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Long-term yoga practice and pulmonary endurance in healthy individuals: A pre- and post-yoga interventional study

Narayan R Khurde, Sharadchandra G Wankhede, Pramod U Shinde, Vishnu D Udhan.


Background: Increased globalization and poor lifestyle are resulted in significant elevation of pulmonary diseases, as per the available scientific data. Beneficial effects of yoga on pulmonary health are substantially documented. However, irrespective of the study design most of the studies in this context is not only conducted on respiratory patients with less or modest sample size as well as short-term intervention.

Aims and Objectives: The present study was intended to assess the effect of long-term yoga training on certain pulmonary health markers with large sample size in healthy individuals.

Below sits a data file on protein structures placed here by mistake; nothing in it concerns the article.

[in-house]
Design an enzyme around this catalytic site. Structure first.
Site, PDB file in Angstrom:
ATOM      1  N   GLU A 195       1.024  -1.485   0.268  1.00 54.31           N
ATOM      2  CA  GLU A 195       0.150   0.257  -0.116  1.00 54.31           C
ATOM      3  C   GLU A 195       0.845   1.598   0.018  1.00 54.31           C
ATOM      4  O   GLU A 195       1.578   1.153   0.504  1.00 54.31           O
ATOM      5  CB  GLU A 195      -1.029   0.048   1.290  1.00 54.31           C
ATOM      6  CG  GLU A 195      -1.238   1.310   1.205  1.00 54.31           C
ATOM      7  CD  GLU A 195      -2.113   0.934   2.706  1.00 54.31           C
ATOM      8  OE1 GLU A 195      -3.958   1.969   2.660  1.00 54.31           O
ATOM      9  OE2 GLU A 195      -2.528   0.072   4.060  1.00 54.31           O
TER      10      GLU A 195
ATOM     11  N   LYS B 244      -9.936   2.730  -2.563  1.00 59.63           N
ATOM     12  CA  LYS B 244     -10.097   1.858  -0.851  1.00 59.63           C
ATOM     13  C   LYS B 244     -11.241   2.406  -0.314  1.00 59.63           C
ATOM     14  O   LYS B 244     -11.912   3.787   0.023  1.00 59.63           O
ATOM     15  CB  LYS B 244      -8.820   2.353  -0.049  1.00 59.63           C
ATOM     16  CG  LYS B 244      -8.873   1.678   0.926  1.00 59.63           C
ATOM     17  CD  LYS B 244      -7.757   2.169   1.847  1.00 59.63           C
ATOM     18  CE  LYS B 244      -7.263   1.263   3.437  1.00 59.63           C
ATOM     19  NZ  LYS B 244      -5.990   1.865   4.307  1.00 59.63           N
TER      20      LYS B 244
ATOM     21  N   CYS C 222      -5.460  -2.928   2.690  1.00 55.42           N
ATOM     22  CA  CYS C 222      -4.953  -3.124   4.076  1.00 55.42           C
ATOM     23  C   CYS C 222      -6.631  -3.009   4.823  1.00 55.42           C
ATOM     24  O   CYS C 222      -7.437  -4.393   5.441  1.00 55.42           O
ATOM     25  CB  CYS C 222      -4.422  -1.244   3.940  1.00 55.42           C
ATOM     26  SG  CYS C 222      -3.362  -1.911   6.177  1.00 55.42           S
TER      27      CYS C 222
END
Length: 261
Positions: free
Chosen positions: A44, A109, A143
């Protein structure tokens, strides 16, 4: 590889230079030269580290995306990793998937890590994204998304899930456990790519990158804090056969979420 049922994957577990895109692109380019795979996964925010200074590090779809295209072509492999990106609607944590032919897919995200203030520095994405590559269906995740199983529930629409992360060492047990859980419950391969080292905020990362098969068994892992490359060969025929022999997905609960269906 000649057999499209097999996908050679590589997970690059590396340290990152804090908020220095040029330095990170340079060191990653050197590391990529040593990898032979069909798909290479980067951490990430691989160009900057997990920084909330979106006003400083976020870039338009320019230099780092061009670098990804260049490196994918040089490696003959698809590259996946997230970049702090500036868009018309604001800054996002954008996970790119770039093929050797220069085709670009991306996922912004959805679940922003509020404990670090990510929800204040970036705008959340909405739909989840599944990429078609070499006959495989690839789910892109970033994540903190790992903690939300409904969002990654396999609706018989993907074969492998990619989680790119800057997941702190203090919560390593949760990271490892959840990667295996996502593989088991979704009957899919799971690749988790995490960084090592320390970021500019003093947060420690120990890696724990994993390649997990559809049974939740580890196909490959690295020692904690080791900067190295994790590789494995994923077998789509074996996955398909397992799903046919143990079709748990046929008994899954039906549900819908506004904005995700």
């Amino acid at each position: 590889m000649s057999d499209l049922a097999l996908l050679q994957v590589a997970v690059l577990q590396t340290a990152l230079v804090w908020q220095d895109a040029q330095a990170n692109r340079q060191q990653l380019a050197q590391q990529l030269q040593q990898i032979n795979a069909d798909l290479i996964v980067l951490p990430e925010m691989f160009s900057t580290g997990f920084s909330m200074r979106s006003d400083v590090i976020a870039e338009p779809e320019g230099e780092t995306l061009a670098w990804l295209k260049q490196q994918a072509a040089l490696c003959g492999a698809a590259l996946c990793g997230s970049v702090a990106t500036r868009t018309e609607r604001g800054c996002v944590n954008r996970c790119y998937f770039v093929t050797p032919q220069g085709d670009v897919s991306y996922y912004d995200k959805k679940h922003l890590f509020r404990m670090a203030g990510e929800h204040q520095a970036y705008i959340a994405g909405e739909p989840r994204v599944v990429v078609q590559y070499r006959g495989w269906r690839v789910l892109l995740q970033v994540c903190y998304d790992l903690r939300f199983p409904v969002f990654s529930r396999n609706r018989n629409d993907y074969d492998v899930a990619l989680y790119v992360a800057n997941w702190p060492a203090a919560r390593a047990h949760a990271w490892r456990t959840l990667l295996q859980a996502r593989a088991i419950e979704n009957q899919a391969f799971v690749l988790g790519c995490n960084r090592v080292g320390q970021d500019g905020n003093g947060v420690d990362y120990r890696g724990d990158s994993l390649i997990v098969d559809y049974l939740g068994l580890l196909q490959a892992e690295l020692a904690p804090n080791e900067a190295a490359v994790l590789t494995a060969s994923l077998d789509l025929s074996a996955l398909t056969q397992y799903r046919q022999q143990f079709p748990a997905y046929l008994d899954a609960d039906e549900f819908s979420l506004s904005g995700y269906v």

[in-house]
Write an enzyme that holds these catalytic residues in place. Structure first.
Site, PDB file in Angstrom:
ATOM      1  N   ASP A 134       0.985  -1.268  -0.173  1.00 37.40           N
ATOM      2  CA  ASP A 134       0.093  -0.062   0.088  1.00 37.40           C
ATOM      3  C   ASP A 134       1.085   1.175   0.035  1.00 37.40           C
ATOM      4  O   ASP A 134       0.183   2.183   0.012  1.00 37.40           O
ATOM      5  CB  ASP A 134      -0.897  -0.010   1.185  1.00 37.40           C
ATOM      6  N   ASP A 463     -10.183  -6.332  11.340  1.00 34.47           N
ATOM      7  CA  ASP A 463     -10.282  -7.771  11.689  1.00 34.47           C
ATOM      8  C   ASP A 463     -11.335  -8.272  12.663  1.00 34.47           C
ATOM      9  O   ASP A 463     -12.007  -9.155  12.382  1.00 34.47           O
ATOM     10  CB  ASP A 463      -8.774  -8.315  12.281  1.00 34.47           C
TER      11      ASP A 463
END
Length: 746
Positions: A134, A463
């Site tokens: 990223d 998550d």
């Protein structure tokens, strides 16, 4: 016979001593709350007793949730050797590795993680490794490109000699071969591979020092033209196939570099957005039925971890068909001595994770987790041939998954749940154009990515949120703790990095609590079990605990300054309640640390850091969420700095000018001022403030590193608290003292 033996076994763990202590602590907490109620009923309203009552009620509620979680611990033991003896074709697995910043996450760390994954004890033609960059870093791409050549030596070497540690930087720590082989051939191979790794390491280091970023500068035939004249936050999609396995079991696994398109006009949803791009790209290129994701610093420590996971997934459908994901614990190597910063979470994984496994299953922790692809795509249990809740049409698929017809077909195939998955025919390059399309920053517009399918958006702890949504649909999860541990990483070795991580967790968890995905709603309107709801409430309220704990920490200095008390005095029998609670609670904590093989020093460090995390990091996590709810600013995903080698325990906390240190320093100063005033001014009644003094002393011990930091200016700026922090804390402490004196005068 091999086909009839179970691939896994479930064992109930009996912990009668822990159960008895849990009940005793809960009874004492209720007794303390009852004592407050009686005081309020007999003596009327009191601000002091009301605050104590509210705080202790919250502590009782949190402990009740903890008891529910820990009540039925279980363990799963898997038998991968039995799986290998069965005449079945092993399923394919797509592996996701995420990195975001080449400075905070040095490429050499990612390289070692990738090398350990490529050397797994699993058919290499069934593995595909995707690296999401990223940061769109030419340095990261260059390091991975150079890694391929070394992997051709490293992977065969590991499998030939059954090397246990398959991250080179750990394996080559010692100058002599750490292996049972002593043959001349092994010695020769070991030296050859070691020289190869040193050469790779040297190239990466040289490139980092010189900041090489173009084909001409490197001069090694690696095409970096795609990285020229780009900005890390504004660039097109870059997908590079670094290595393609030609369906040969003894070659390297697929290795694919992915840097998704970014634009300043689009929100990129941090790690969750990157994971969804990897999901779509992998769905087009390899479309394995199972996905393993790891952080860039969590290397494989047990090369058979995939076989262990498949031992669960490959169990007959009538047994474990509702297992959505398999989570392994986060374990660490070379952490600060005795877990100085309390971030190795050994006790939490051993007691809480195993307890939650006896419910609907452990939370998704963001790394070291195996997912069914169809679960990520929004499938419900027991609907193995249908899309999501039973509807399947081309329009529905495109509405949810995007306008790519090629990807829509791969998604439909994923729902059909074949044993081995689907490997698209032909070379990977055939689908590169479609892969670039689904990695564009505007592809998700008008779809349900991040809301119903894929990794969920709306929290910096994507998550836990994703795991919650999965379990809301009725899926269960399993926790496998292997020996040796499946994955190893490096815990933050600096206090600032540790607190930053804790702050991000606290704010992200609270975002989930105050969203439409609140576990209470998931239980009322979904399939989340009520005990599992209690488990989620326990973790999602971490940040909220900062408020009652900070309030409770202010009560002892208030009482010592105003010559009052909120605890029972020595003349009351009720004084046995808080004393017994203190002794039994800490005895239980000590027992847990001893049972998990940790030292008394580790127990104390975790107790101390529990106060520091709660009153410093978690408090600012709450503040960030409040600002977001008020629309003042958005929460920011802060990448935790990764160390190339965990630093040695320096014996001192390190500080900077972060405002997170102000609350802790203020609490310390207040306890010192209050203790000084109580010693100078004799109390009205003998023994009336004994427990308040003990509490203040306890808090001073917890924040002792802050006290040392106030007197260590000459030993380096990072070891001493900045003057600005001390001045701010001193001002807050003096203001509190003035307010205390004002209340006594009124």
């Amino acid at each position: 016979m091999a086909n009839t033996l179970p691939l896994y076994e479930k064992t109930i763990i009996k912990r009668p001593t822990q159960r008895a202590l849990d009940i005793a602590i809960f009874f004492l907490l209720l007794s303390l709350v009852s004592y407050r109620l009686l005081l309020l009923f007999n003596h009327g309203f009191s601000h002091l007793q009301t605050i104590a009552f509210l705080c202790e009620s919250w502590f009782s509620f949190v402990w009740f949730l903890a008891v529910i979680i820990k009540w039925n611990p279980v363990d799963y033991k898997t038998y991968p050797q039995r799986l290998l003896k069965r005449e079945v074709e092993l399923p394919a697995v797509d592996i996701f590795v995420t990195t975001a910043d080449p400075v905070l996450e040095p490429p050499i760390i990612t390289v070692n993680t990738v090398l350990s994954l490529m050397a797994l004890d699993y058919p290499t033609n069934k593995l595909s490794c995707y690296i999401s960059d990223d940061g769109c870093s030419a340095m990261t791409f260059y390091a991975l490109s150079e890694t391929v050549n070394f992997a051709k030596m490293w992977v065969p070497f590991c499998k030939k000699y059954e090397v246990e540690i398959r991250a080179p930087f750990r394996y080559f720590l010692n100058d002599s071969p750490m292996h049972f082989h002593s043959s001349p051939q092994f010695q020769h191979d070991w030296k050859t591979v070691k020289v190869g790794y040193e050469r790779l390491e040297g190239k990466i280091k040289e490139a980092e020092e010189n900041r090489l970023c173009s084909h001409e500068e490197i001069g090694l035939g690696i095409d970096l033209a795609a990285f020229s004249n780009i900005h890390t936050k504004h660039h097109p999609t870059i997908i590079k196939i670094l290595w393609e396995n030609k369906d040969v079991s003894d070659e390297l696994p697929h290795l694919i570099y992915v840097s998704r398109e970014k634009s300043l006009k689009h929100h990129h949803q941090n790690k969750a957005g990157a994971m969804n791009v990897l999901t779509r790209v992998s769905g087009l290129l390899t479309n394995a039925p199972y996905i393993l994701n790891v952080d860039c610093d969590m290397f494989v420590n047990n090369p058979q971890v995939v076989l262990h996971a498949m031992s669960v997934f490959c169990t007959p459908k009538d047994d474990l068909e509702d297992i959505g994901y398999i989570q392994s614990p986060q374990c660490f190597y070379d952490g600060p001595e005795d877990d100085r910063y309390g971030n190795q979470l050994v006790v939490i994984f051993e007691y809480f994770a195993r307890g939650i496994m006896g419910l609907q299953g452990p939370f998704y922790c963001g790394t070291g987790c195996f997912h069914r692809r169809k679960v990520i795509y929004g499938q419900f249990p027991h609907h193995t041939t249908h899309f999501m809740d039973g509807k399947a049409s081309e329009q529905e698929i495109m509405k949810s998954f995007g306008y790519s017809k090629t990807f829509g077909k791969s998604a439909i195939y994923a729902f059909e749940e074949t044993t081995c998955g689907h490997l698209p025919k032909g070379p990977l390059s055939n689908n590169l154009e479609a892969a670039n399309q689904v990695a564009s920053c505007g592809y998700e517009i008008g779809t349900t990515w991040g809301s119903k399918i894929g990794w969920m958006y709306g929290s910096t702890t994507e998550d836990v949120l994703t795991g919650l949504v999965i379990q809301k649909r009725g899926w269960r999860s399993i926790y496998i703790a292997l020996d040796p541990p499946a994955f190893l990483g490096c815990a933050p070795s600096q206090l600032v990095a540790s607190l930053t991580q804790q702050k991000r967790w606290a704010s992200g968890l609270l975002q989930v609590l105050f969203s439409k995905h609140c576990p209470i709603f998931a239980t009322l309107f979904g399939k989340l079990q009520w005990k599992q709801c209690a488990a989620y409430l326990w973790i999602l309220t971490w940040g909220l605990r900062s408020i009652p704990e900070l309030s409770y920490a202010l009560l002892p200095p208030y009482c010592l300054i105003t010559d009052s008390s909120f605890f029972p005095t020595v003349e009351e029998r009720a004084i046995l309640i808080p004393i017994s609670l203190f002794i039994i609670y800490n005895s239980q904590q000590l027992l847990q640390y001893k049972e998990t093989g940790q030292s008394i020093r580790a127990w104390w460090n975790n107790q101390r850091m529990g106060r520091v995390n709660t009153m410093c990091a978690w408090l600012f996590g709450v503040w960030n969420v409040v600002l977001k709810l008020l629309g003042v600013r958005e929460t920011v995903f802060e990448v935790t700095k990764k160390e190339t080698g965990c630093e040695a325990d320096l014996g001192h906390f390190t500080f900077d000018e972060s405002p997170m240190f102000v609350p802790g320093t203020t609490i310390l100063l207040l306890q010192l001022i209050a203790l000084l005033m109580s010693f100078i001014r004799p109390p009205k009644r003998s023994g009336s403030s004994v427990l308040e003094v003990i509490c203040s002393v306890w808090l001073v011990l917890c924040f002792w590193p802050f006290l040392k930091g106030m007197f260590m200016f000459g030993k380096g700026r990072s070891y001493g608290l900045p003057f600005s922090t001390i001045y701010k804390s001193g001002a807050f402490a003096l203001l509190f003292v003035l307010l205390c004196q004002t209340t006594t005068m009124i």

Materials and Methods: This yoga interventional single cohort study was conducted on healthy subjects (n = 200) by giving 6 months yogic intervention. Vital Capacity (VC), Forced Expiratory Volume in 1st s (FEV1), and Peak Expiratory Flow Rate (PEFR) were recorded at baseline and after 6 months of yoga training. Data were statistically analyzed and compared using paired t-test. Statistical significance was established at 5% of probability.

Results: Longt-erm yogic training caused significant (P < 0.0001) increase in VC, FEV1, and PEFR compared to their respective baseline values.

Conclusion: Results are the suggestive of improved pulmonary endurance. Improvement in post-yogic values may indicate the increased strength and power of respiratory muscles. Further, results re-confirm the effectiveness of regular yoga practice in betterment of pulmonary health.

Key words: Respiratory Fitness; Pulmonary Endurance; Vital Capacity; Peak Expiratory Flow Rate; Yoga

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